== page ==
Presented by

Rodney Smith

Recorded:
11/17/2015
Location:
Seattle Insight Meditation Center
Keywords:
none
Readings:
none
Series:
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Continua of Practice: Ascent to Descent

The spiritual path seems to offer a true perspective on life by pinpointing our exact location in time and place. It points to the body as a vehicle for discovery, and once the body is explored, we find our true ground of being. We now know where are in time (now) and in place (here) and no longer have to apologize for where we are or what we are doing. The coordinates of our location are determined and we cannot lose our way. This is the spiritual ascent of our journey. Life starts to make sense in ways it has not before, we see more clearly, and our actions conform to this new perspective. We actually begin to like ourselves as if we were coming out of the shadow of our own judgment. It is like journeying up a mountain with each new vista providing insight and perspectives on how far we have journeyed and where we still need to go. Our confidence grows accordingly and we no longer fear our abilities to make this journey.

There is great joy in climbing this mountain, and we feel at the top of our game. Somewhere near the summit, we gain a view of the whole surround, and realize, perhaps for the first time, that one very important task remains. In order to descend the mountain, we have to step out of ourselves. This did not occur to us as we were ascending. We were too engrossed in the perspective the mountain was offering and too enamored in our new-found confidence and the rooted ground under out feet. The ascent gave us meaning and purpose beyond anything we had imagined. We were advancing on the true and natural relationship to life and felt the beginning of that contentment. At the crest of the mountain we suddenly realized that this true relationship was never about my perspective on life as a bystander. This new view is a union without a watcher. Now we feel a hesitation. Is this what I want? It seems as if just when we have found our footing, the mountain is asking us to jump off the cliff.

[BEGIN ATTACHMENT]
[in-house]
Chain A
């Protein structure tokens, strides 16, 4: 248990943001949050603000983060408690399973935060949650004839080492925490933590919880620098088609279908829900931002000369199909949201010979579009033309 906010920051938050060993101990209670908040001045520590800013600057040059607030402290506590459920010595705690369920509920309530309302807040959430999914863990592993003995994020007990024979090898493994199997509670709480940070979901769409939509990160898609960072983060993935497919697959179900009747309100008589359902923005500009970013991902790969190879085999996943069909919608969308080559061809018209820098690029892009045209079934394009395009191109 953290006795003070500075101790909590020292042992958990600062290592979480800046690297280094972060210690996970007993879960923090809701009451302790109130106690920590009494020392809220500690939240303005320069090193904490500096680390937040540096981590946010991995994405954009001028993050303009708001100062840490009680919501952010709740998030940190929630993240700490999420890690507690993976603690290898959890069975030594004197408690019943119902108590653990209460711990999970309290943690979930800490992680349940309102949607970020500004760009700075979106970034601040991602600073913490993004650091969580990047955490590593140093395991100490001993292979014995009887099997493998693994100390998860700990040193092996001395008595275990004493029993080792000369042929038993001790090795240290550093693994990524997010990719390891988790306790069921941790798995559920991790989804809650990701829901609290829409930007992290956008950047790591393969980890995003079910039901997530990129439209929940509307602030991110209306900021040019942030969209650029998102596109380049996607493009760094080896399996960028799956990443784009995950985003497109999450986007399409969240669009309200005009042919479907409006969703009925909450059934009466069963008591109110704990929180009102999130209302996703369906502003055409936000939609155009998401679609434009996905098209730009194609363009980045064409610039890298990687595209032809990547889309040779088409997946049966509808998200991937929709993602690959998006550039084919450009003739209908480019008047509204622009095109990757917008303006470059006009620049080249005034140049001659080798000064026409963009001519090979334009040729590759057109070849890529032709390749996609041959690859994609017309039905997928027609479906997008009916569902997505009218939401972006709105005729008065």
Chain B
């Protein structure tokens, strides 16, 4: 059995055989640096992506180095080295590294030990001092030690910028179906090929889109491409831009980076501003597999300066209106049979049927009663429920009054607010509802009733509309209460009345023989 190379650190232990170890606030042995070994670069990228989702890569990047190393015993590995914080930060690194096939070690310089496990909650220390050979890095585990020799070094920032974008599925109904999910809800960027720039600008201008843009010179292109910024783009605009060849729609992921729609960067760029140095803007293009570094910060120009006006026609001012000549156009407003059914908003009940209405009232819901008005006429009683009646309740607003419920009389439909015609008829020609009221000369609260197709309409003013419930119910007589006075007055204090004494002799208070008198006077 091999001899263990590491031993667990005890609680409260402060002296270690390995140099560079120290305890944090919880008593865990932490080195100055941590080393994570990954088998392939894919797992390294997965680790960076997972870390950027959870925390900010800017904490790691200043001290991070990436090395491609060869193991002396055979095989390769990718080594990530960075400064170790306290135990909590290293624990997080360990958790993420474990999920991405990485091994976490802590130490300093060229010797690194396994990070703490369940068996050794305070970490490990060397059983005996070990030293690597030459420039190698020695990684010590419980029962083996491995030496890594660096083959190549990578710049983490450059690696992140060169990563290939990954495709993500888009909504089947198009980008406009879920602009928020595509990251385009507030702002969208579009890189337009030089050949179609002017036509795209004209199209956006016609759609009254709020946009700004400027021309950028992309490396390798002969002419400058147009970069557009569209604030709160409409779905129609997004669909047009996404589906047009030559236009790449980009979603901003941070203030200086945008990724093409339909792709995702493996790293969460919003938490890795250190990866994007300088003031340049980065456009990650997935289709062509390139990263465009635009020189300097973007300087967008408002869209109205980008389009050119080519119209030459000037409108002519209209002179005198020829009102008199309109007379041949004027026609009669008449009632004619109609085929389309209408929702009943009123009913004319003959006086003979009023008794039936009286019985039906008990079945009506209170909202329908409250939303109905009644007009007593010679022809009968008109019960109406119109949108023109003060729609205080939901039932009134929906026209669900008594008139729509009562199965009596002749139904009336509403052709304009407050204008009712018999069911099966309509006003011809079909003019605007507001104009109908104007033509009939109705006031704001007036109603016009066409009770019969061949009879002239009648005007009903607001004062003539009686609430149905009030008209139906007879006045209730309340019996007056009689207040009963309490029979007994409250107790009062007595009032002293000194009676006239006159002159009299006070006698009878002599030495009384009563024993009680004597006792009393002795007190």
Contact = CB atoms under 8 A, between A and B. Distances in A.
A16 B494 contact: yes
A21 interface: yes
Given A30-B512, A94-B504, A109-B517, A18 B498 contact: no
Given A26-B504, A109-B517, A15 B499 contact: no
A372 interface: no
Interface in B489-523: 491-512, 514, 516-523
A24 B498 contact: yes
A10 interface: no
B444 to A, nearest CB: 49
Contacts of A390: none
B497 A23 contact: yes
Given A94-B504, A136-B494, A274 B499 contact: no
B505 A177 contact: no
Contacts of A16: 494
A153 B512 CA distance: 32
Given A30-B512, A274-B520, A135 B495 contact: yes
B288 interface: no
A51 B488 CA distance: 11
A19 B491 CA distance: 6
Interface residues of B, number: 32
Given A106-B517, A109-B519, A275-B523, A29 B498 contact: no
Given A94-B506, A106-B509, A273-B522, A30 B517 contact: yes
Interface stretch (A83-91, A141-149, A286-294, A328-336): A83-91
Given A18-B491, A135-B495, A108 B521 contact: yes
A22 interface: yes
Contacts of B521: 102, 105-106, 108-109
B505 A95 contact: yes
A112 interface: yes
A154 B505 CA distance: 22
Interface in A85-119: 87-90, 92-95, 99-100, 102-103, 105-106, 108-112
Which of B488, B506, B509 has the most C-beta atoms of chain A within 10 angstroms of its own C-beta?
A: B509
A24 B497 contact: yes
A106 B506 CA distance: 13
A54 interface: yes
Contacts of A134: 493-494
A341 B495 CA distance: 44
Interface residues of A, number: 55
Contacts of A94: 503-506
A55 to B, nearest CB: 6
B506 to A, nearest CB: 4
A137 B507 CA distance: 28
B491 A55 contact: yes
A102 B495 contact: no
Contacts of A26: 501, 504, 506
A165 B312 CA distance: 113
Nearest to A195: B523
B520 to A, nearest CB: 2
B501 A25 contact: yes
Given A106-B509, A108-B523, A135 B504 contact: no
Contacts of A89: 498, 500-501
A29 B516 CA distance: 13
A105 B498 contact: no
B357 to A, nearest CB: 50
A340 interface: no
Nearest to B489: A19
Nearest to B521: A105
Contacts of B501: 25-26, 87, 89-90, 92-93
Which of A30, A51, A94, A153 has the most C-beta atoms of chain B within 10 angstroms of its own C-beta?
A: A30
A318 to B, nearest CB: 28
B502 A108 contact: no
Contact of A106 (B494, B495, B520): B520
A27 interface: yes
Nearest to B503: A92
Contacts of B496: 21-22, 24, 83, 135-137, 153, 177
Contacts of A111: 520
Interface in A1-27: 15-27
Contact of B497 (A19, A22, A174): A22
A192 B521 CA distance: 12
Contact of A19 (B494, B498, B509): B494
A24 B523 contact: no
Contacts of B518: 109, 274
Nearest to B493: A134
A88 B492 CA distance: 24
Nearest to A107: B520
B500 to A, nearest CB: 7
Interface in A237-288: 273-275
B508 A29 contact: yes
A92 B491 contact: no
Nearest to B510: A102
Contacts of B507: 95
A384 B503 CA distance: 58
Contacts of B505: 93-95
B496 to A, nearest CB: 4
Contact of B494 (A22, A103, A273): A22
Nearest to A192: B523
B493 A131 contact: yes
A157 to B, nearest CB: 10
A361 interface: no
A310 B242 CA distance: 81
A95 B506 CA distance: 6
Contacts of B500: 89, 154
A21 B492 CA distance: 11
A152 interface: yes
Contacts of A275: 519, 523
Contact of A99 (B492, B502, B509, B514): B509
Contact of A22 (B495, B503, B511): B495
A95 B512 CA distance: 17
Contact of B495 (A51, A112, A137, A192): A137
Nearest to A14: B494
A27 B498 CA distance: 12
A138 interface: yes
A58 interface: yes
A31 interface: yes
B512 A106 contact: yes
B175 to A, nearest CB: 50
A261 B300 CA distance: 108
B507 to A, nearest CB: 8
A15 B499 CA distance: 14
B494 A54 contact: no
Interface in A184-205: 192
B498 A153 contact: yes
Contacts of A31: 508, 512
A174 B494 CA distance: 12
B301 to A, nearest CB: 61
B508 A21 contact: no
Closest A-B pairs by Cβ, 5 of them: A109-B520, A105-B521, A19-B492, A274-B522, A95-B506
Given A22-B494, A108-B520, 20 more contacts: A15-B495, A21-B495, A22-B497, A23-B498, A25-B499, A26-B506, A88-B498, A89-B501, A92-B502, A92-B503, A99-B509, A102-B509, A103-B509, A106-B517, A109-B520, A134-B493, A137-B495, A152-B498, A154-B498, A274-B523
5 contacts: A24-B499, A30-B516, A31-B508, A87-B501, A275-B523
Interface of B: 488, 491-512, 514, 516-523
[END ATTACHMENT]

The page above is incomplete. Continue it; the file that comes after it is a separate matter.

This is the counter-influence, and the descent seems much harder than the ascent only because we did not expect to have to let go of our gained ground. Why not delay this next move and frolic among the peaks? We peer down the mountain and look over the life we have ascended, but now we know we are being asked to descend back into that same life without acclaim. The exquisite views from the mountain top were a false nirvana, and we are asked to reenter as no one special.

Both the ascent and the descent of the journey are essential and equally important. In the ascent we are shoring ourselves up, building our confidence, and perceiving ourselves with the love we deserve. Then the descent, and the relinquishment of all that has meant so much to us, returning to zero. The journey is a complete circle (ensō in Japanese) returning us to a world that until now, we have never fully understood.